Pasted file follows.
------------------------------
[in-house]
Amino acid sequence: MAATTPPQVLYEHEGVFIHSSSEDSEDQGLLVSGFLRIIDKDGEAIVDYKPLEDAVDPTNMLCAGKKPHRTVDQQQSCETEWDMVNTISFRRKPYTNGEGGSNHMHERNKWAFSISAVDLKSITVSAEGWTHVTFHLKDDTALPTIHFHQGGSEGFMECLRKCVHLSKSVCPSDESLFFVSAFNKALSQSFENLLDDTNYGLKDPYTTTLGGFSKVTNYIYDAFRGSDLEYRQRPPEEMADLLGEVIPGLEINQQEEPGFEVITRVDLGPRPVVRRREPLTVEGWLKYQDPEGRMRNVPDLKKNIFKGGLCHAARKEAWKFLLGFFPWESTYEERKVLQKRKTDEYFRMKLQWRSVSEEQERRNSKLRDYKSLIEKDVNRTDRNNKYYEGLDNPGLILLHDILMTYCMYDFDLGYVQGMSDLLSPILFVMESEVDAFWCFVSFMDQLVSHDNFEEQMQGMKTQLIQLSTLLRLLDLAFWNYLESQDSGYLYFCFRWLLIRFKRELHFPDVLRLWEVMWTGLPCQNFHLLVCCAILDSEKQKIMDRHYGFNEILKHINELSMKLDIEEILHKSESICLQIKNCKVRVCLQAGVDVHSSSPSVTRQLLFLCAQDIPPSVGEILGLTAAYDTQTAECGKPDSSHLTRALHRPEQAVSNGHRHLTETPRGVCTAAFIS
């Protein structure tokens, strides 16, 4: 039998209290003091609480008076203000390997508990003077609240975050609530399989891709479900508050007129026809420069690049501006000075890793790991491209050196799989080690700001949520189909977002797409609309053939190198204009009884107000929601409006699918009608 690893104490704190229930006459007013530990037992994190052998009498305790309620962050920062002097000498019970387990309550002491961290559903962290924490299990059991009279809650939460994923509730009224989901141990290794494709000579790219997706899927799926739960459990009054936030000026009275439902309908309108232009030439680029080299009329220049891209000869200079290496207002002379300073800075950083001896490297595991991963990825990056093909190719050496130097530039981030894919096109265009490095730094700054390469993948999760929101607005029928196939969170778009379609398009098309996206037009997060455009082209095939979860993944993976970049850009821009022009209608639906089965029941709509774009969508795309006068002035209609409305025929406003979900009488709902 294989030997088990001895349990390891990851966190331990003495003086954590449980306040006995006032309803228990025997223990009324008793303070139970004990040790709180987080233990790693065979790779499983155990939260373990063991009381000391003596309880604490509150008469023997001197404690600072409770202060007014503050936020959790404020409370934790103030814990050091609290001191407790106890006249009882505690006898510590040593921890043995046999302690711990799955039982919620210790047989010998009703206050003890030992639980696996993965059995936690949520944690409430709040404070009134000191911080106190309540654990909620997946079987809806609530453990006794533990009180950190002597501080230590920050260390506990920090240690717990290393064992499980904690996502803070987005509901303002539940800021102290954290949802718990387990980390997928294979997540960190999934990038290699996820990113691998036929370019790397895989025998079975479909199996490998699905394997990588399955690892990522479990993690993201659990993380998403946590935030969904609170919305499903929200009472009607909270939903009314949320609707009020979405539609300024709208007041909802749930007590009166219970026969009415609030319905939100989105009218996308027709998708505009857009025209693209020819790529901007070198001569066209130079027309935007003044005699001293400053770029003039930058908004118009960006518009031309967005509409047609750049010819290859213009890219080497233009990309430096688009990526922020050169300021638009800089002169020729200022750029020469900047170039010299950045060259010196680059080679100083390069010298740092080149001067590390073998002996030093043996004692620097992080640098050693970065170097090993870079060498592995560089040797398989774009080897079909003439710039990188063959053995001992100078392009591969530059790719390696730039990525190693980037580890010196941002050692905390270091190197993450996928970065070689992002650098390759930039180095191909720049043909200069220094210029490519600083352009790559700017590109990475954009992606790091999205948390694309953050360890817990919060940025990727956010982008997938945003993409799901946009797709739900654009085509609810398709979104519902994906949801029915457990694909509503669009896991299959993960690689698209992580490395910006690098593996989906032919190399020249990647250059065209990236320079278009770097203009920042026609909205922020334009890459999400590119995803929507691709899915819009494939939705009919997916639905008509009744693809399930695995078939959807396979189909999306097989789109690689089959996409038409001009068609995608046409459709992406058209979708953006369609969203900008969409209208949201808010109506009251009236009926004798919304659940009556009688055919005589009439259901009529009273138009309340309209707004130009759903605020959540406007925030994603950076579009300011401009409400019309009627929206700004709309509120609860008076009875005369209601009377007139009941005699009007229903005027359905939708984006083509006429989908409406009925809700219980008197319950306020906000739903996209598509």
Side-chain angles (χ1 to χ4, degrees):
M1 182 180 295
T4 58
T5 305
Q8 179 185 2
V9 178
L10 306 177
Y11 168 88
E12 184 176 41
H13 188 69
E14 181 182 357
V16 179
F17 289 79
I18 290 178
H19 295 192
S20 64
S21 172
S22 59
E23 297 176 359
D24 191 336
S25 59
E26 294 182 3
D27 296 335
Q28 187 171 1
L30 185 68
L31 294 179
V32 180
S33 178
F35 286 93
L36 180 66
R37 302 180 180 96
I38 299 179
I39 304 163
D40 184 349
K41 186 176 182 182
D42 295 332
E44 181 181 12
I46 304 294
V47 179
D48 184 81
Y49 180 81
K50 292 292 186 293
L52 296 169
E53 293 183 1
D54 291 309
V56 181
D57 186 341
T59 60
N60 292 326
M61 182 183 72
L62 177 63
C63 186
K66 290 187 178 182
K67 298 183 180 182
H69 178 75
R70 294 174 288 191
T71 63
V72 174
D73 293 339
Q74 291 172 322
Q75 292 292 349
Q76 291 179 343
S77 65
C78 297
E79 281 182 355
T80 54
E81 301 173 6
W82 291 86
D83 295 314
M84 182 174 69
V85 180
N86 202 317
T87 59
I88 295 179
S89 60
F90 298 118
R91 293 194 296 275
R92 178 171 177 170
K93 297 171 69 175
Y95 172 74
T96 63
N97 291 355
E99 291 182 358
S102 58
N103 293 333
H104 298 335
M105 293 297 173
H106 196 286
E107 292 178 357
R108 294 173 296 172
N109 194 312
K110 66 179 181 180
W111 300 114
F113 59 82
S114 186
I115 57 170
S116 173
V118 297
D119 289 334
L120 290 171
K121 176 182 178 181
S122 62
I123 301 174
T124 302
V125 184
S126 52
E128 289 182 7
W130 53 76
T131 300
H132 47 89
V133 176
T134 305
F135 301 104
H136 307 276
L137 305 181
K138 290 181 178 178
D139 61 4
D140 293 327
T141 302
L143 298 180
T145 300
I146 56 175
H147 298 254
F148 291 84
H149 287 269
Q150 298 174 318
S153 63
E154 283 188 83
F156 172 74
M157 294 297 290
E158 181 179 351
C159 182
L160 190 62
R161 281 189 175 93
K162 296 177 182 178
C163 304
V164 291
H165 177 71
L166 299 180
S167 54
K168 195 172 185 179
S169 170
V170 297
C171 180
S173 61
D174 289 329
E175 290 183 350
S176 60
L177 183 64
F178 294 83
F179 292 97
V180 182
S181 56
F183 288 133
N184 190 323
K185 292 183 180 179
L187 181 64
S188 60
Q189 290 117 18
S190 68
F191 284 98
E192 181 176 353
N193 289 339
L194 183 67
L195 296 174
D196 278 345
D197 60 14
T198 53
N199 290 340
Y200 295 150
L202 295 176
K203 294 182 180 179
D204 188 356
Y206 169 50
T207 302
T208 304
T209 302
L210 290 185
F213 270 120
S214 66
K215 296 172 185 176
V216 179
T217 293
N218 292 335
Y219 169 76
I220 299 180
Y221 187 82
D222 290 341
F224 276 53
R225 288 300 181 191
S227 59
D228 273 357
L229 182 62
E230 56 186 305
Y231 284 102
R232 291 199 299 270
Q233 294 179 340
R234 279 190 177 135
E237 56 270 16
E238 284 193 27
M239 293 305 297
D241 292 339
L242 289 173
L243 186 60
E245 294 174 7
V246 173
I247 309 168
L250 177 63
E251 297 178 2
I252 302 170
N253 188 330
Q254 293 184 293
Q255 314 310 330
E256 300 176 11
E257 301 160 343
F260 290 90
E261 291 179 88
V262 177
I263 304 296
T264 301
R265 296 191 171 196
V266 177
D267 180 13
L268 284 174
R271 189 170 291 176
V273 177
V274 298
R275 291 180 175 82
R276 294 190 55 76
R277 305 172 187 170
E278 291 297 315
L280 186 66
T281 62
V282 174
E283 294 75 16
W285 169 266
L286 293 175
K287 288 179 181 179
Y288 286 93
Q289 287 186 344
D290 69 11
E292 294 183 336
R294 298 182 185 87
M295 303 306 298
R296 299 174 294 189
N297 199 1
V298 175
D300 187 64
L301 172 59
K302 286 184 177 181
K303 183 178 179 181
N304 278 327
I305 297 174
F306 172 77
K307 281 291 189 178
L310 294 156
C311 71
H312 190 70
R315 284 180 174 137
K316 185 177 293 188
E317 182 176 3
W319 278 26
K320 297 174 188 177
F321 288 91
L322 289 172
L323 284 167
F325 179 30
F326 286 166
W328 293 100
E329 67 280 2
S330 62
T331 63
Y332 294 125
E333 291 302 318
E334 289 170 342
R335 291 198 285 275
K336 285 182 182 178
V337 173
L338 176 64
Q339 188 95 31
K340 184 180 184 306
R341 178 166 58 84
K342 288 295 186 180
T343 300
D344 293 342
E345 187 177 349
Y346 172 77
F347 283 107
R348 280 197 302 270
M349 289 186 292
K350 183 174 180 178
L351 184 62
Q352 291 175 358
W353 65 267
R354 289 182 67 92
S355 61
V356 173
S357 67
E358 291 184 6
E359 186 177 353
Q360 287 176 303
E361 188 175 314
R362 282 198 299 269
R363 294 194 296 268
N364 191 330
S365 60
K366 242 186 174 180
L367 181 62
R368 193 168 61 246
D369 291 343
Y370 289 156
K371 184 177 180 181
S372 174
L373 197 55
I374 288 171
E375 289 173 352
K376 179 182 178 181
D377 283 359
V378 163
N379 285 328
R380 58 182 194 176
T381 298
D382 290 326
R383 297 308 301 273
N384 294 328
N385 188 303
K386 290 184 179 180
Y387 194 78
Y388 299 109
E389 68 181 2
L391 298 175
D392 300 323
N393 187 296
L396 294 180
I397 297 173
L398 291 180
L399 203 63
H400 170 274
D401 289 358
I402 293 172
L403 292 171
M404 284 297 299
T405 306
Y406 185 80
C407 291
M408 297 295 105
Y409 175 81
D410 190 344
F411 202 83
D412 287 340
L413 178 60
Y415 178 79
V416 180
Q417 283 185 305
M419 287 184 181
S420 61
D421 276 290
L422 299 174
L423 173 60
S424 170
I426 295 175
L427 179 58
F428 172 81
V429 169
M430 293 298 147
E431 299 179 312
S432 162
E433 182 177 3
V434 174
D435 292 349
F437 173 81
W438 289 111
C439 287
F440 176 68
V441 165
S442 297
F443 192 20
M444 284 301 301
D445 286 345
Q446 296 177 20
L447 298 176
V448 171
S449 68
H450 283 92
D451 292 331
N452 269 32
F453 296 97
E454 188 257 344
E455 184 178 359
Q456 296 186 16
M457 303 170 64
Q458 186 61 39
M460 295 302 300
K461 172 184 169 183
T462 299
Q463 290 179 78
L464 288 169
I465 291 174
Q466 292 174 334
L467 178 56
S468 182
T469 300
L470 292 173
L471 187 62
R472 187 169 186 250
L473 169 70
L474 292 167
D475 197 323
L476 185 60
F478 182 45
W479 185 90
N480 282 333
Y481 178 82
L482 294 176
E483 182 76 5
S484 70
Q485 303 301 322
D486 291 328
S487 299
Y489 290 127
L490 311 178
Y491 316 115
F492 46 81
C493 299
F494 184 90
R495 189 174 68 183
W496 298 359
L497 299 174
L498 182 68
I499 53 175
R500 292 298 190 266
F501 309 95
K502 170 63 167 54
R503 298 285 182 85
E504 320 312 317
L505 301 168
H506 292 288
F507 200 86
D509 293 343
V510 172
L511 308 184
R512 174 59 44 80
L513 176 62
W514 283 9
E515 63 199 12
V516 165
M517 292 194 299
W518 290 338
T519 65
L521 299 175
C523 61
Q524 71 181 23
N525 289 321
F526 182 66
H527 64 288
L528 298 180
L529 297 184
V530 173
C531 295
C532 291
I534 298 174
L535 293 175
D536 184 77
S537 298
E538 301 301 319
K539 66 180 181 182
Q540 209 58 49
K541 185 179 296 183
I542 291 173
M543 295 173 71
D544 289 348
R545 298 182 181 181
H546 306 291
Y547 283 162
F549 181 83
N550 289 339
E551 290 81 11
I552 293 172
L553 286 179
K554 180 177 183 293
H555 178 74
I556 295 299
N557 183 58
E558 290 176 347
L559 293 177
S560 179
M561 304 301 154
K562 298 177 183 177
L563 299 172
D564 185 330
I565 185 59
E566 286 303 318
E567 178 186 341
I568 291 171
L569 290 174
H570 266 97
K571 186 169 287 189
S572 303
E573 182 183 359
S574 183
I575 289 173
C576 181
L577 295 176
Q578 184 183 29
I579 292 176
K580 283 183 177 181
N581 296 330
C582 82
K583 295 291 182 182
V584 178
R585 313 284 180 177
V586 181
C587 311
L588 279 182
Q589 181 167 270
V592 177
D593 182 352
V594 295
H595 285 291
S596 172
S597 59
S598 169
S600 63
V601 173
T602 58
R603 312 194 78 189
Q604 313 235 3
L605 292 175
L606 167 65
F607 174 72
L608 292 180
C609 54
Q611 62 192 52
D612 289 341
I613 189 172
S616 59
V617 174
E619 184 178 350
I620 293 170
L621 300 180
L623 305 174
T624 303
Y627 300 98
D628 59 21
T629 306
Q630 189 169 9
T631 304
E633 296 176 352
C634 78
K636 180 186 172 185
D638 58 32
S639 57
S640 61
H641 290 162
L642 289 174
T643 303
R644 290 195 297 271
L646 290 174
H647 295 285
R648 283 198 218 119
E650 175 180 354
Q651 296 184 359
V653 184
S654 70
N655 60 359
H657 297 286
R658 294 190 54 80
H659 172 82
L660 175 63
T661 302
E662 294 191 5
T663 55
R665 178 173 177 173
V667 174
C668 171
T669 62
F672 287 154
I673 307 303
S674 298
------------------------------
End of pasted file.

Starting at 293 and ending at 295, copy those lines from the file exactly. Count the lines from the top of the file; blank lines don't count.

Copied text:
M349 289 186 292
K350 183 174 180 178
L351 184 62